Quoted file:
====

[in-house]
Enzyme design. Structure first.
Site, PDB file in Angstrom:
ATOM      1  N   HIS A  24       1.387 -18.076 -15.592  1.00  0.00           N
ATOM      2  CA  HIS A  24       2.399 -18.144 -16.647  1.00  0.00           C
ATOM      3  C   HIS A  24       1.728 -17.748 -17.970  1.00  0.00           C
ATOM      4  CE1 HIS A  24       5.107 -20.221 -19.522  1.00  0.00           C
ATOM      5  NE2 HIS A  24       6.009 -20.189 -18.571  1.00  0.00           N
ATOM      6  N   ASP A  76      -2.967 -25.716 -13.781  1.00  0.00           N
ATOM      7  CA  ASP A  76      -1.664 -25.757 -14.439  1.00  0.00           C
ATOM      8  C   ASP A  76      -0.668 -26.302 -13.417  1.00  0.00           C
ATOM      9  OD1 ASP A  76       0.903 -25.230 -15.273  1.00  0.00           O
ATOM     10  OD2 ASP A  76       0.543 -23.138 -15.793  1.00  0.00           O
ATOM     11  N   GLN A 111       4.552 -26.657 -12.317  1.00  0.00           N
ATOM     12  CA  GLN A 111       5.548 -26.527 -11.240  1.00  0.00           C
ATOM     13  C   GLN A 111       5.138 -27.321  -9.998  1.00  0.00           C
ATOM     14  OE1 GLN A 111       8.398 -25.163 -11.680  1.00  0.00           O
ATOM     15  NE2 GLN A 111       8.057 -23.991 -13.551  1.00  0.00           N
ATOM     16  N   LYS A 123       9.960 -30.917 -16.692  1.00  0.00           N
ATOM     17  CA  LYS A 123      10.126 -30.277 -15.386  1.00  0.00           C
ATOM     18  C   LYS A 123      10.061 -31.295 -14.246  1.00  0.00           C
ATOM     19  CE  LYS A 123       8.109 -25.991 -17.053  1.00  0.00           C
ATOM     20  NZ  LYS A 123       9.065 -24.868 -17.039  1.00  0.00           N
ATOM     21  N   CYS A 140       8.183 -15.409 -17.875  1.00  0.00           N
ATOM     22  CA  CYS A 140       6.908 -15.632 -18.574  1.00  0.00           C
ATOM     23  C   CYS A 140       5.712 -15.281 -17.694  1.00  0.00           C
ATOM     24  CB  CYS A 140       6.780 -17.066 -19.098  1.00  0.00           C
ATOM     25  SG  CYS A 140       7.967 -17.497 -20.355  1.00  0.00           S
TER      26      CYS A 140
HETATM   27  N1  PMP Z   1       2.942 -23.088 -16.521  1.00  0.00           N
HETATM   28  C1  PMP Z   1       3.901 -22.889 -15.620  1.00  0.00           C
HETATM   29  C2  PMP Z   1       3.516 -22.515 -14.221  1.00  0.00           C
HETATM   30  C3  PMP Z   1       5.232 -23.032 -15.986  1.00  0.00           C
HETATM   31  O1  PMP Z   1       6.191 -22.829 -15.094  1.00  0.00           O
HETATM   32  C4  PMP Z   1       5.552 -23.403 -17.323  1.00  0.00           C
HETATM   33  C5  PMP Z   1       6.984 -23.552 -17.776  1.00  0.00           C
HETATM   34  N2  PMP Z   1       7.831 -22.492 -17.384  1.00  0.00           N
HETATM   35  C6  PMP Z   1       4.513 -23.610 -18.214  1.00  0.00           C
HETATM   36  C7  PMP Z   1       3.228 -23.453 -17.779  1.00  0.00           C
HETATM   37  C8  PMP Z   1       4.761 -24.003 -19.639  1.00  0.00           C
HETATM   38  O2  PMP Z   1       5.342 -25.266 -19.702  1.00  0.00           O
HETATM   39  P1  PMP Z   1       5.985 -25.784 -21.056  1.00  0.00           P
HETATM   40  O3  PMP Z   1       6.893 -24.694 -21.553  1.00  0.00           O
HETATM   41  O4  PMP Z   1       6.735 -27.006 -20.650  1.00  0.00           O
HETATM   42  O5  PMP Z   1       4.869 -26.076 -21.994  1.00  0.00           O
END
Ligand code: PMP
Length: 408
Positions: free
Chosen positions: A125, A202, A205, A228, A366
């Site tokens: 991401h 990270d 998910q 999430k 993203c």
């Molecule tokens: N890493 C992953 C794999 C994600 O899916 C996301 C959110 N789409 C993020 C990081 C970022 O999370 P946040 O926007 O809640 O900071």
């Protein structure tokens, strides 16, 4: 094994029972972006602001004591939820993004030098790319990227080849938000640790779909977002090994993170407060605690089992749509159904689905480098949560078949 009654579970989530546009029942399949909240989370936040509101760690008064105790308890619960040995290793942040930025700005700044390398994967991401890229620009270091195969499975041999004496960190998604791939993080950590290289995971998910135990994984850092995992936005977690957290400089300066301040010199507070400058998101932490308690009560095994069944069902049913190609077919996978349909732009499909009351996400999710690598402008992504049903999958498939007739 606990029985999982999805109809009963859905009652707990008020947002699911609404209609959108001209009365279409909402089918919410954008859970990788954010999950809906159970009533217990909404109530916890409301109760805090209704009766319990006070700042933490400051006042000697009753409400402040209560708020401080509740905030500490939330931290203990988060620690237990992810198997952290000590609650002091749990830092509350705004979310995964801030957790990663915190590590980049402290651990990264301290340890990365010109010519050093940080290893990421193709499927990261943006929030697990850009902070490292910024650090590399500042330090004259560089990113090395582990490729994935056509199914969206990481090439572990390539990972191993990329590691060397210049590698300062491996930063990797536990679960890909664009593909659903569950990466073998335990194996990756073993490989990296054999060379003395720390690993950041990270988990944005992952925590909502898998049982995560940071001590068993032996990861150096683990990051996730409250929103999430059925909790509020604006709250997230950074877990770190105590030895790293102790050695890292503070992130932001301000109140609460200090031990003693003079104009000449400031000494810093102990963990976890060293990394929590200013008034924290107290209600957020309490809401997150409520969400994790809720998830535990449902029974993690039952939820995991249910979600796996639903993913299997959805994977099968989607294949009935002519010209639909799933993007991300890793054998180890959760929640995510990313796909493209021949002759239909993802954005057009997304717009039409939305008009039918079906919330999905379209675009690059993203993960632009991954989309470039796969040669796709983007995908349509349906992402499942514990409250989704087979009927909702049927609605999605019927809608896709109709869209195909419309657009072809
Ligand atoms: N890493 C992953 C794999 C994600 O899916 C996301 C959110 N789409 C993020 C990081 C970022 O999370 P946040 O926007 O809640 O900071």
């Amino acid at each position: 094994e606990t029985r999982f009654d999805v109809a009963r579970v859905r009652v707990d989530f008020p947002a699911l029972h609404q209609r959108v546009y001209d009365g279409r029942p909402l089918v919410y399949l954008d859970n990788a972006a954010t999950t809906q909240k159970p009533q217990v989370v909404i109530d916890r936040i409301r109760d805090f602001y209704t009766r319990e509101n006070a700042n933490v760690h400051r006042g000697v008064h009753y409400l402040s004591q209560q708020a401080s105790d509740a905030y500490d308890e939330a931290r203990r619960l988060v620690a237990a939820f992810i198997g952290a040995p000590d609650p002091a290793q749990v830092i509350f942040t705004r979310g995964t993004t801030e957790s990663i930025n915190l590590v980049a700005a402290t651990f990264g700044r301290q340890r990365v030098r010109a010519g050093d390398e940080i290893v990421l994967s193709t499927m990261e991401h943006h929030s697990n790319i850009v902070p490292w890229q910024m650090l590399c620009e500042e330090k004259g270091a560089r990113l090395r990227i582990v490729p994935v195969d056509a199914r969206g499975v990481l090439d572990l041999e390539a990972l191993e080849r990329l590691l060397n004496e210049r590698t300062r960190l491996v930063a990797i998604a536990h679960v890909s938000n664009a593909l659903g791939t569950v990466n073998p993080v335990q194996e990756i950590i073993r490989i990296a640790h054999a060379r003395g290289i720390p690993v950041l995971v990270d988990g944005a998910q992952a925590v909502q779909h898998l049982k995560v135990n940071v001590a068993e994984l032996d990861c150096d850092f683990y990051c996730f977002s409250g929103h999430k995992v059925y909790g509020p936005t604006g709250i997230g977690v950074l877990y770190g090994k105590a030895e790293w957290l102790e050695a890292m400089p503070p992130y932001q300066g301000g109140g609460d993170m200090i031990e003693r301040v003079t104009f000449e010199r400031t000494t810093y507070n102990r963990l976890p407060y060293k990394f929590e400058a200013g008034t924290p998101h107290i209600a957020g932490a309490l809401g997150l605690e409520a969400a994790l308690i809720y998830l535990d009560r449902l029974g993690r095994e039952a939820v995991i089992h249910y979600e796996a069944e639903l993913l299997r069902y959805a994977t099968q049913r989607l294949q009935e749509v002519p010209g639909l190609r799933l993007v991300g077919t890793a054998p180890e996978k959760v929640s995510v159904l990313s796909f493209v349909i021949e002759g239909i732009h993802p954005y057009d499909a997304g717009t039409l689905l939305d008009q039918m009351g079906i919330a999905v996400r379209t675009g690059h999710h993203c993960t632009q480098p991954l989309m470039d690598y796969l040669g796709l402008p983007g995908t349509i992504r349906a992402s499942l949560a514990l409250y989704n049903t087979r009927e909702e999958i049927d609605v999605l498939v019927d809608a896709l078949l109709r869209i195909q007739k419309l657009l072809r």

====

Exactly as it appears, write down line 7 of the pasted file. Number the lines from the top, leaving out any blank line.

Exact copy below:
ATOM      4  CE1 HIS A  24       5.107 -20.221 -19.522  1.00  0.00           C